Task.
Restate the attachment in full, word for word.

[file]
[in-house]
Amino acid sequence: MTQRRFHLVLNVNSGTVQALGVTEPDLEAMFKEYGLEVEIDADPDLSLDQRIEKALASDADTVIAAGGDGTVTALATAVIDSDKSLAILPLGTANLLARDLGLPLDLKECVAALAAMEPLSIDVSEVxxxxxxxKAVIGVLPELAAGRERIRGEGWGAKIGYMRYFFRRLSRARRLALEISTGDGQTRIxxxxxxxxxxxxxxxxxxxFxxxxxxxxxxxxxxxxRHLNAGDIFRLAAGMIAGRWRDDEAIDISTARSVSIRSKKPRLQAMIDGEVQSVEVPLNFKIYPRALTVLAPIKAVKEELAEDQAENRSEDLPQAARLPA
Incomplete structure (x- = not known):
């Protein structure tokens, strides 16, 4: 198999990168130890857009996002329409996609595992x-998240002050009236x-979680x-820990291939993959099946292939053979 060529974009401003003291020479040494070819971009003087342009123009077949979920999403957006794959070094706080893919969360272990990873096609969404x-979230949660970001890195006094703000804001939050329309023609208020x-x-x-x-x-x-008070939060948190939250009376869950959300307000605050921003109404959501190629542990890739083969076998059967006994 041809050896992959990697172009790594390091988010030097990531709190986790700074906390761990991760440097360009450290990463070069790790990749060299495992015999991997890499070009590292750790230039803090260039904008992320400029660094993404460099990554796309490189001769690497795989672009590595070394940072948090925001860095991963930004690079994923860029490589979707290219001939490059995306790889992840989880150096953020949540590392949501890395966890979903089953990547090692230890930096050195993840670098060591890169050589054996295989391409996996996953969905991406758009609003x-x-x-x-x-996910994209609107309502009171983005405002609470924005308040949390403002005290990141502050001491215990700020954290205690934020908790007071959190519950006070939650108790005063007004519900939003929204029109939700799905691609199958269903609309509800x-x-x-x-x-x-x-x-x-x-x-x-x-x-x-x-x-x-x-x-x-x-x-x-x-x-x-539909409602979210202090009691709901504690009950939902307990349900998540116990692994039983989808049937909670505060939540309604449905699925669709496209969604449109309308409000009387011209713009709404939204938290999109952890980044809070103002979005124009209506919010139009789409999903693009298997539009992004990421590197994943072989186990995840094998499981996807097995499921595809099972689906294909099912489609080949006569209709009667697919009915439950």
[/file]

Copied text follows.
[in-house]
Amino acid sequence: MTQRRFHLVLNVNSGTVQALGVTEPDLEAMFKEYGLEVEIDADPDLSLDQRIEKALASDADTVIAAGGDGTVTALATAVIDSDKSLAILPLGTANLLARDLGLPLDLKECVAALAAMEPLSIDVSEVxxxxxxxKAVIGVLPELAAGRERIRGEGWGAKIGYMRYFFRRLSRARRLALEISTGDGQTRIxxxxxxxxxxxxxxxxxxxFxxxxxxxxxxxxxxxxRHLNAGDIFRLAAGMIAGRWRDDEAIDISTARSVSIRSKKPRLQAMIDGEVQSVEVPLNFKIYPRALTVLAPIKAVKEELAEDQAENRSEDLPQAARLPA
Incomplete structure (x- = not known):
């Protein structure tokens, strides 16, 4: 198999990168130890857009996002329409996609595992x-998240002050009236x-979680x-820990291939993959099946292939053979 060529974009401003003291020479040494070819971009003087342009123009077949979920999403957006794959070094706080893919969360272990990873096609969404x-979230949660970001890195006094703000804001939050329309023609208020x-x-x-x-x-x-008070939060948190939250009376869950959300307000605050921003109404959501190629542990890739083969076998059967006994 041809050896992959990697172009790594390091988010030097990531709190986790700074906390761990991760440097360009450290990463070069790790990749060299495992015999991997890499070009590292750790230039803090260039904008992320400029660094993404460099990554796309490189001769690497795989672009590595070394940072948090925001860095991963930004690079994923860029490589979707290219001939490059995306790889992840989880150096953020949540590392949501890395966890979903089953990547090692230890930096050195993840670098060591890169050589054996295989391409996996996953969905991406758009609003x-x-x-x-x-996910994209609107309502009171983005405002609470924005308040949390403002005290990141502050001491215990700020954290205690934020908790007071959190519950006070939650108790005063007004519900939003929204029109939700799905691609199958269903609309509800x-x-x-x-x-x-x-x-x-x-x-x-x-x-x-x-x-x-x-x-x-x-x-x-x-x-x-539909409602979210202090009691709901504690009950939902307990349900998540116990692994039983989808049937909670505060939540309604449905699925669709496209969604449109309308409000009387011209713009709404939204938290999109952890980044809070103002979005124009209506919010139009789409999903693009298997539009992004990421590197994943072989186990995840094998499981996807097995499921595809099972689906294909099912489609080949006569209709009667697919009915439950």